Clemson Park pump track in final stages

By Greg Oliver
Courtesy The Journal

CLEMSON — A pump track designed for all ages and skill levels is in the process of being completed at Clemson Park, part of the city’s effort to make its oldest park more appealing.

Clemson Park has sat mostly vacant since the parks and recreation department relocated its headquarters to Nettles Park more than 15 years ago. A community garden has been the primary usage since, but city officials have long sought ways to make the park located behind Clemson United Methodist Church on Frontage Road more of a destination.

Friends of the Green Crescent Trail helped the city in revitalizing the park. Group member Chad Carson said a pump track can be likened to “a playground for people with bikes.”

“It’s designed for users of all ages and skill levels and meant to be a fun learning tool that allows you to get some exercise,” Carson said. “The idea is to have a series of small asphalt hills, banks and turns that bikers can ride on and around.”

Carson added having a pump track at Clemson Park “will fit in nicely” with the overall Green Crescent Trail.

“This will be a hub and jumping-on point for Phase I of the trail,” Carson said. “Kids and adults will be able to come to Clemson Park to practice and use the pump track. Then, if they want a longer ride, they can keep going on the trail toward Clemson University, Clemson Elementary or other parts of the city as the trail expands.”


Funding and costs

Funding for the pump track, Carson pointed out, will come in part from a $10,000 Duke Energy Powerful Communities Grant, with a larger portion to cover the remaining costs coming from the city of Clemson. City parks and recreation director Jay Bennett said the overall project cost $140,000.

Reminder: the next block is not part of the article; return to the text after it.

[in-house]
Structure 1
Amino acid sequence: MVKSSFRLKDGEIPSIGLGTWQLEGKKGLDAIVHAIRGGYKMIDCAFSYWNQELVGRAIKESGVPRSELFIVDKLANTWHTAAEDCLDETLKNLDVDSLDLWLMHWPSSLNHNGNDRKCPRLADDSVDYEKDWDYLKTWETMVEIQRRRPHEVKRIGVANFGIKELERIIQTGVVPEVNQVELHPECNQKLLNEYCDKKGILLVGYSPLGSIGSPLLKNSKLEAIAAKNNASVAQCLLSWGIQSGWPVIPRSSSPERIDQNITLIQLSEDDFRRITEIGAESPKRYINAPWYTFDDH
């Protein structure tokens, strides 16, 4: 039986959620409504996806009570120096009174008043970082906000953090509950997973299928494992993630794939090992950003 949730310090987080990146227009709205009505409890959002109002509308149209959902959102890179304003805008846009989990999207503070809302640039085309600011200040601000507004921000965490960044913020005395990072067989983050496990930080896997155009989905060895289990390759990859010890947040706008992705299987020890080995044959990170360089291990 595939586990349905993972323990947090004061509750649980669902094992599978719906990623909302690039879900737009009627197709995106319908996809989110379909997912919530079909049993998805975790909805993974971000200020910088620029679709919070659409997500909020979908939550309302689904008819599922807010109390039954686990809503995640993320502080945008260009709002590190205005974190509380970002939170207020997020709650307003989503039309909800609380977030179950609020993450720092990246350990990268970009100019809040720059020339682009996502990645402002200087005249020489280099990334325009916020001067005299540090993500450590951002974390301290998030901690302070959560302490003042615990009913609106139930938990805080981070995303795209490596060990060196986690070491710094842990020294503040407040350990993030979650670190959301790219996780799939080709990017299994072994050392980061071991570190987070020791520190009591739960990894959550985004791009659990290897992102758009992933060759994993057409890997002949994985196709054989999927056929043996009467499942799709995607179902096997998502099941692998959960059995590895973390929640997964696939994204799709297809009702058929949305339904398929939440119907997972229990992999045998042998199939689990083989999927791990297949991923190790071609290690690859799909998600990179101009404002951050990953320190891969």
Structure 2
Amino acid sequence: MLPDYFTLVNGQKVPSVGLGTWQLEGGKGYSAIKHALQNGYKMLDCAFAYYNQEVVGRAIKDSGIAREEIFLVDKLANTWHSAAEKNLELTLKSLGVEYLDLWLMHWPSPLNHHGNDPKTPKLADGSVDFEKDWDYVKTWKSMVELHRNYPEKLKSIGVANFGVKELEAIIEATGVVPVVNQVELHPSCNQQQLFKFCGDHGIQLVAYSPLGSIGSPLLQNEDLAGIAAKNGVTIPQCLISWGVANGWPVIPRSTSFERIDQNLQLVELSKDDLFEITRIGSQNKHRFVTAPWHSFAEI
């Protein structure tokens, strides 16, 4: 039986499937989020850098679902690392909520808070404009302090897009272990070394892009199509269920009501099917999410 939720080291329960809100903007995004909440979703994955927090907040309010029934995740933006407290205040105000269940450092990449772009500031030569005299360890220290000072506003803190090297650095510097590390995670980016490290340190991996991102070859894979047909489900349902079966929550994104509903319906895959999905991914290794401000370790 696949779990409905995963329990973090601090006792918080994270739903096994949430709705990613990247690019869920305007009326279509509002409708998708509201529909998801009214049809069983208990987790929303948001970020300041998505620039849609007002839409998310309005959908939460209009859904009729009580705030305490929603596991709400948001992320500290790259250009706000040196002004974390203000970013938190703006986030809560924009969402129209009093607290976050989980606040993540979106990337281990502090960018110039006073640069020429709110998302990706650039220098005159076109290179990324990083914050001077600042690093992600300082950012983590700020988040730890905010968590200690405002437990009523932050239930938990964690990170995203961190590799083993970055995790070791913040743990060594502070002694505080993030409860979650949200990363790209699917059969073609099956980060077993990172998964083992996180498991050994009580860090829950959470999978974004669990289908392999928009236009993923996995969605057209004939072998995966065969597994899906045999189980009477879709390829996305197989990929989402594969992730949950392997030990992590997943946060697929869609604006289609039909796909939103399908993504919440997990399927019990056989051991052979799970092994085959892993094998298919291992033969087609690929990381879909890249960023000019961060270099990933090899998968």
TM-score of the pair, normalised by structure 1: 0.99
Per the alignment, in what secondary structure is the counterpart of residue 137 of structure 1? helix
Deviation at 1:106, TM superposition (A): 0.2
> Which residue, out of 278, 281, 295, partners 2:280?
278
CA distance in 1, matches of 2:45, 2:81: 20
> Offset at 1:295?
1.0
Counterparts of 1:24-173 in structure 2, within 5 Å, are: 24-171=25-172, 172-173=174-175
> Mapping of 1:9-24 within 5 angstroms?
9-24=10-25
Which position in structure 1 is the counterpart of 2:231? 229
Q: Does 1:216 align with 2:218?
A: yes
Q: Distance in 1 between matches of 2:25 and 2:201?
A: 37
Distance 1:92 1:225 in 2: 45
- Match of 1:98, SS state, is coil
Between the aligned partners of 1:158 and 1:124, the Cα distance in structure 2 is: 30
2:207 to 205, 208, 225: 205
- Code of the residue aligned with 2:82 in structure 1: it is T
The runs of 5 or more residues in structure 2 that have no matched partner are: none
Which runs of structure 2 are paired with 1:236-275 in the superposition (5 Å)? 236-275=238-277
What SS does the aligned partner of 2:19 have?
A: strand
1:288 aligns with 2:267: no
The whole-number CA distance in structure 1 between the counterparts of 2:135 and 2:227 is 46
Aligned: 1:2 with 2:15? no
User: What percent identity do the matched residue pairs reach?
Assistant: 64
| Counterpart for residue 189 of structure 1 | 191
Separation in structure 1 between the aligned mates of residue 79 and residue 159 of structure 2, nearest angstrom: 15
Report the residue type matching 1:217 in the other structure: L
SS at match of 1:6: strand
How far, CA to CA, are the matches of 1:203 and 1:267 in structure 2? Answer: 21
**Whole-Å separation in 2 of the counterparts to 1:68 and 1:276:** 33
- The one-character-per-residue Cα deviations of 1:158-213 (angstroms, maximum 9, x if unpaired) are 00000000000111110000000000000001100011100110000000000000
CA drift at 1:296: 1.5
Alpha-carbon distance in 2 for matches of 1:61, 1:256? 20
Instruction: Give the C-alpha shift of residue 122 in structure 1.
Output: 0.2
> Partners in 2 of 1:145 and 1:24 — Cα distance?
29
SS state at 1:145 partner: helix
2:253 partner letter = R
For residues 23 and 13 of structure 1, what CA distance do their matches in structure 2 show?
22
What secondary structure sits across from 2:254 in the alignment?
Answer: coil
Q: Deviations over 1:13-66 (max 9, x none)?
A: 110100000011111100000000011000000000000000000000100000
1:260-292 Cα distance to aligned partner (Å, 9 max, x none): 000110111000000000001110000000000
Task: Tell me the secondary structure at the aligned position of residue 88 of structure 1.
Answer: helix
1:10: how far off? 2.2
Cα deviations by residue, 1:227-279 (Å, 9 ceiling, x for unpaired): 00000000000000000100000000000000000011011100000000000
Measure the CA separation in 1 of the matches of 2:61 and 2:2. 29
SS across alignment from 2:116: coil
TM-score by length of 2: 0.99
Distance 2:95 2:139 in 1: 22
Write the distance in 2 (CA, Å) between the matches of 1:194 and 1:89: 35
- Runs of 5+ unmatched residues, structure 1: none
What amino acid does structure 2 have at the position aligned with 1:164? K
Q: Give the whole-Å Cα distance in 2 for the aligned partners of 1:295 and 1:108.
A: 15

City horticulturist Tony Tidwell said this month the asphalt portion has been completed and 6,000 square feet of sod would be installed. Tidwell said children were already using skateboards at the track.

“You use a pumping motion so you don’t have to pedal on a bike,” Tidwell explained. “You go through a series of undulations and curves, and the better you get at it, the more you can do. You can kind of ride through it as a beginner, and then if you get really advanced, you can do all kinds of fancy tricks and stuff. You can also use a skateboard and a scooter, even though it’s more of a bike usage.”

Tidwell said he believes the pump track can play a huge role in making Clemson Park a destination for youth and adults.

“It will be a big part of it,” he said. “This asphalt pump track is really the first of its kind in South Carolina as far as the asphalt version goes. We feel it’s going to be a pretty good attraction, and judging by the number of folks already coming out and using it, that’s bearing out.”

Carson said he is glad to see the pump track becoming a reality.

“We hope it will be the first of many improvements that will breathe life back into Clemson Park, which has been neglected over the years,” he said.